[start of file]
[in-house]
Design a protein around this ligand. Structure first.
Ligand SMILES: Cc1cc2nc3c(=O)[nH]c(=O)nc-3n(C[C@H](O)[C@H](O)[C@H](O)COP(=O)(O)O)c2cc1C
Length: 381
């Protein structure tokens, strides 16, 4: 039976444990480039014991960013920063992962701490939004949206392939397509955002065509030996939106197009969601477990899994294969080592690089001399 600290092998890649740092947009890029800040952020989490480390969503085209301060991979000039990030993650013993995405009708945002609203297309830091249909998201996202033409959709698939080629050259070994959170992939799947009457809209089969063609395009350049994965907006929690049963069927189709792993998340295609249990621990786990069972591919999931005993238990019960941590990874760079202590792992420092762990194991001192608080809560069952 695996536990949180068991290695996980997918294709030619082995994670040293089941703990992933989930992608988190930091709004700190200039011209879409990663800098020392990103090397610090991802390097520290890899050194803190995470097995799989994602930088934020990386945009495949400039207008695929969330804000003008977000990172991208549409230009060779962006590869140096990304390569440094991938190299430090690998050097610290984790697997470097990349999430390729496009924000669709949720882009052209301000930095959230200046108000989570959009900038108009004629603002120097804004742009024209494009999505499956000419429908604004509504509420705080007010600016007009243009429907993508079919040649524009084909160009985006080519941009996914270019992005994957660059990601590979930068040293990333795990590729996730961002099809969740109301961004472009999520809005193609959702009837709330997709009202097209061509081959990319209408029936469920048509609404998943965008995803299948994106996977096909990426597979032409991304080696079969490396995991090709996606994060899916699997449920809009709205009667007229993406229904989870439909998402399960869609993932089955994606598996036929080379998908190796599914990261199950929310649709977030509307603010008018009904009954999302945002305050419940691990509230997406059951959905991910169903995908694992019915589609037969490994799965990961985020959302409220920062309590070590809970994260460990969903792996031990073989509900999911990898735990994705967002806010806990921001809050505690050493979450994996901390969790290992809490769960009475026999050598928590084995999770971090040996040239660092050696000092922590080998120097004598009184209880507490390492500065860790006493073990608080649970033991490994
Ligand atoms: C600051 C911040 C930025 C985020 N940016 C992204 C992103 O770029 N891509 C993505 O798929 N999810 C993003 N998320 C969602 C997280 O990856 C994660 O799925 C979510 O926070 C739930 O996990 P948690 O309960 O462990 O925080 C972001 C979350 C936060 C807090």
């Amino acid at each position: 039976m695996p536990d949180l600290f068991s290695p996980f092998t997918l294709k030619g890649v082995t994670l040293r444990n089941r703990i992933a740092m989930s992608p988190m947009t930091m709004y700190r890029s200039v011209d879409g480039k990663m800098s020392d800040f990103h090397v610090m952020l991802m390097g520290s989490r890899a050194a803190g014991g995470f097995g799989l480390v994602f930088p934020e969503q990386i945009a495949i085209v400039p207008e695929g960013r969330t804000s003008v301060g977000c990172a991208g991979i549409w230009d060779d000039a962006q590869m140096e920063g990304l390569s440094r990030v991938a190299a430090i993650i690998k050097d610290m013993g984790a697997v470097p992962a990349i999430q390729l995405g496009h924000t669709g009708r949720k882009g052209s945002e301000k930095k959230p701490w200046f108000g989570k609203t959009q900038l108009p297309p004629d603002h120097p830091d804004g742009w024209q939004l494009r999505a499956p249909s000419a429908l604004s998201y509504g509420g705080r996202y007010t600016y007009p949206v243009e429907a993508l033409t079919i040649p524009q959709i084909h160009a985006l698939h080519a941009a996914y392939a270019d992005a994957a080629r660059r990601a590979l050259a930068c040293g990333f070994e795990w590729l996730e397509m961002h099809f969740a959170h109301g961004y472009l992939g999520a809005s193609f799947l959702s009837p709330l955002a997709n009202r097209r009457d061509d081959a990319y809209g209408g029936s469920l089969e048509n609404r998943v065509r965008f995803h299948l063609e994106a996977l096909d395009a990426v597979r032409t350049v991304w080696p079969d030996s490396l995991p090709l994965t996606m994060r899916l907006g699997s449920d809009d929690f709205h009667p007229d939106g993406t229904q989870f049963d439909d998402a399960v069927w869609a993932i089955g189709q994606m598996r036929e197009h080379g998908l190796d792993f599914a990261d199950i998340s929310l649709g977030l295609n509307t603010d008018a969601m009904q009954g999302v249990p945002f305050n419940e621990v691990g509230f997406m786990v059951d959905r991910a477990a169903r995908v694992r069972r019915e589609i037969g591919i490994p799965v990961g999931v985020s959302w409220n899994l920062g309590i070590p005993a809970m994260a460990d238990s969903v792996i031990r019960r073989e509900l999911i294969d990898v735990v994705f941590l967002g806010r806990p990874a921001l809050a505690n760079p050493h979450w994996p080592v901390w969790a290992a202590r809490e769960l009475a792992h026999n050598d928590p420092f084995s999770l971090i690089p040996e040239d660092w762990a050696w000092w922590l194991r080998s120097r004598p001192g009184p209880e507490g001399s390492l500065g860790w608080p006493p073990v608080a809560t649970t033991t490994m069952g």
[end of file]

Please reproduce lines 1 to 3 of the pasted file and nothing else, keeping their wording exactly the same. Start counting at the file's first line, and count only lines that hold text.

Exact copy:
[in-house]
Design a protein around this ligand. Structure first.
Ligand SMILES: Cc1cc2nc3c(=O)[nH]c(=O)nc-3n(C[C@H](O)[C@H](O)[C@H](O)COP(=O)(O)O)c2cc1C